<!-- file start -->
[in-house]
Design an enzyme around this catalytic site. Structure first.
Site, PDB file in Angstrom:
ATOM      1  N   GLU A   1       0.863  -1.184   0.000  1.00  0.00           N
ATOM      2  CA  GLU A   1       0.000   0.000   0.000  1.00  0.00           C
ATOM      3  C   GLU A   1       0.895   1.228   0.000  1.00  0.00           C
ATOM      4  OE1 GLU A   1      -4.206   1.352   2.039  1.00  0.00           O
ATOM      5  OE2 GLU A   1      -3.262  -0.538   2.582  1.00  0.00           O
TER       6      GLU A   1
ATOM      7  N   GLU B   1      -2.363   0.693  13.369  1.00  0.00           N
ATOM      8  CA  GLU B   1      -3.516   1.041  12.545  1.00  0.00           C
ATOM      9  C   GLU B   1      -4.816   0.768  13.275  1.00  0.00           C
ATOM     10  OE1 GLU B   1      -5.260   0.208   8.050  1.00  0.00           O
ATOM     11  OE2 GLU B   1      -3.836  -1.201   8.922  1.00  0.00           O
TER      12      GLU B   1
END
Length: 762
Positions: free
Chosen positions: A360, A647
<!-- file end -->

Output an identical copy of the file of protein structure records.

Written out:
[in-house]
Design an enzyme around this catalytic site. Structure first.
Site, PDB file in Angstrom:
ATOM      1  N   GLU A   1       0.863  -1.184   0.000  1.00  0.00           N
ATOM      2  CA  GLU A   1       0.000   0.000   0.000  1.00  0.00           C
ATOM      3  C   GLU A   1       0.895   1.228   0.000  1.00  0.00           C
ATOM      4  OE1 GLU A   1      -4.206   1.352   2.039  1.00  0.00           O
ATOM      5  OE2 GLU A   1      -3.262  -0.538   2.582  1.00  0.00           O
TER       6      GLU A   1
ATOM      7  N   GLU B   1      -2.363   0.693  13.369  1.00  0.00           N
ATOM      8  CA  GLU B   1      -3.516   1.041  12.545  1.00  0.00           C
ATOM      9  C   GLU B   1      -4.816   0.768  13.275  1.00  0.00           C
ATOM     10  OE1 GLU B   1      -5.260   0.208   8.050  1.00  0.00           O
ATOM     11  OE2 GLU B   1      -3.836  -1.201   8.922  1.00  0.00           O
TER      12      GLU B   1
END
Length: 762
Positions: free
Chosen positions: A360, A647